“Indie” Doesn’t Mean Anything Anymore According To Beyond Good & Evil Creator
Michel Ancel would probably like to think of himself as a more of an indie developer than a triple-A developer if you looks at his body of work ranging from Beyond Good & Evil to Rayman to the newly announced WiLD which is being developed under Ancel’s own studio, Wild Sheep Studios. At least, that was until he declared the very term “indie” to be defunct.
A few prominent developers from Gamescom last week are of the opinion that the term indie is a relic.
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“Can you do an indie game with 100 people? It’s a very interesting question,” said Beyond Good & Evil creator Michel Ancel, speaking in a Q&A after the main Sony press conference.
“We shouldn’t say ‘indie game’. Now we should say ‘really innovative game,’ not especially based on production values and millions of dollars. We could say an indie game is a pixel [product] that costs ten bucks, but I think it’s more than this. It’s a game from real people that have passion and vision, and they can express that vision. This is what could define an indie game.”
This is nothing new as it’s always been a task to classify what is and is not indie. One thing that definitely does not fall under consideration in classifying indie is the type of game being made. Indie music isn’t all “hey” and cowbells. Indie is defined more by the budget, the funding, who is publishing it and the size of the team. Telltale Games for example used to be rather indie but has outgrown that moniker with a rather large studio now.
No Man’s Sky is being made on a small budget by a small team and is not tied down by any one publisher so it’s developer, Hello Games, is definitely still indie.
However, Media Molecule’s Rex Crowle is of the same opinion as Ancel.
“I would totally agree,” he said. “I think it’s more games that have independent thought in them than [the] financial model behind them, particularly.
“You can have a very indie game that’s actually a very generic first-person shooter, and you can have an enormous, big-budget, triple-A game that’s all about emotions. Those divides are not there anymore.”
Evolution head Paul Rustchynsky, too, believes the lines are now too blurred to mark real distinctions.
“There’s good games and bad games, and they’re all in the same pool together,” he said.
“We shouldn’t be saying ‘triple-A,’ we shouldn’t be saying ‘indie.’ These are games, and they’ve all got their own unique elements.”
In gaming, people often confuse indie (the studio model) with the “indie” feel. LittleBigPlanet is a big budget game from a developer tied to Sony. Not indie by a long shot however, the games feel hella indie.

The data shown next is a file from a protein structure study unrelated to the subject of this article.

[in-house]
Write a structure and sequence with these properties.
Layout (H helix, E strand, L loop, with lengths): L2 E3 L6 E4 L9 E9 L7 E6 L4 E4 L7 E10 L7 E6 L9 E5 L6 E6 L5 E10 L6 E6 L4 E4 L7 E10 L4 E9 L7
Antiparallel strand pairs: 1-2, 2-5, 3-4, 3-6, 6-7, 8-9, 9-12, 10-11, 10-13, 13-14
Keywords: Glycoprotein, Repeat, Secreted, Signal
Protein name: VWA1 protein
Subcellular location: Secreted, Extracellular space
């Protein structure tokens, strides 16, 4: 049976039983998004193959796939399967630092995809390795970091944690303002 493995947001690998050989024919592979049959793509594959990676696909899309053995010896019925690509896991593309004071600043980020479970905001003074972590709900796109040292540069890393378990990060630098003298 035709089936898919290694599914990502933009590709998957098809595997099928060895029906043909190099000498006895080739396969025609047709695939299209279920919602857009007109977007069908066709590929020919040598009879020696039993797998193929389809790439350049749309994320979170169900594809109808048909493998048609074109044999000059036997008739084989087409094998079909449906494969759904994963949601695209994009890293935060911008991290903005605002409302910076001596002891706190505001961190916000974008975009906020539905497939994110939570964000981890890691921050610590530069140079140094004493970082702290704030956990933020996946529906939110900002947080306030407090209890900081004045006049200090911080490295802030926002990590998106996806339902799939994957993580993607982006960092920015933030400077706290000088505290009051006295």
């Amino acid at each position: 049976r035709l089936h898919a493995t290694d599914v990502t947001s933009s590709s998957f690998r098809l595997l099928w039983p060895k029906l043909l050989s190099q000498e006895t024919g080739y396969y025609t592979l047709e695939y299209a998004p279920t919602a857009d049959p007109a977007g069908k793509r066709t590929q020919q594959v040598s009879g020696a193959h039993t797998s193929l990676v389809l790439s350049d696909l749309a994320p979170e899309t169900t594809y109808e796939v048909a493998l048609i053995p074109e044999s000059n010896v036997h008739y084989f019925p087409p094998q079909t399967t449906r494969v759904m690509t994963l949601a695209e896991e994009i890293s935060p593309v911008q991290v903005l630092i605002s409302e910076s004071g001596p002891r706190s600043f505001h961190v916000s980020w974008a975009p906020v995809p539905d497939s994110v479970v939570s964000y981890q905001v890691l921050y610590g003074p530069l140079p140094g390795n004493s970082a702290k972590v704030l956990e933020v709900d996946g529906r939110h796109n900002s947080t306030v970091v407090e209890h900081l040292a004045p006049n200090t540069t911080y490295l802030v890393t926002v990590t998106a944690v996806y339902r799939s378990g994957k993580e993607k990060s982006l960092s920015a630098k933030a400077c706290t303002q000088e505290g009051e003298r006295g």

In the context of what Ancel and Crowle are talking, indie doesn’t really refer to how the studio functions and operates but rather to a genre of quirky, whimsical and fun games.
Essentially everything that isn’t serious, brooding and covered in brown.
The Tomorrow Children, developed by Q, is a game that looks very indie but is published by Sony. Q boss Dylan Cuthbert believes the notion of “that indie feel” is outdated.
“Now there are so many professional indies out there,” he said. “They’re not poor anymore. They make a lot of money making their indie games. Are they still indie? Who cares?
“It’s in the heart, really. If you think you’re indie then you are indie, because the point of being indie is that you don’t have anyone else telling you what you are.”
“Hellblade called itself independent, and traditionally I think people think about indie games as smaller, two- or three-man teams,” Michael Denny, vice president of Sony Worldwide Studios Europe, told VG247.
“I think it does show where we’ve been going in the games development cycle. When we set out with PlayStation 4 we just wanted a system that would free up the creators and bring everybody to the platform, and I think one size doesn’t fit all with indie development now.
“There are small teams, but there are big teams that want to release their game independently as well. I think it all works. It’s more variety. It’s more choice.”
I firmly believe that indie still applies when you’re evaluating a studio and how it operates but when you’re looking at a game there is no such genre as indie in the same way that there is no genre called “money grubbing excuse for entertainment.” Although if there were, it would be dominated by EA mobile games.
Ubisoft is one of the biggest publishers in the world and they produced two very indie looking games called Child of Light and Valiant Hearts. Meanwhile genuine indie developers have produced some other tripe that you can view on Steam Early Access.
Does indie still have relevance? You tell me.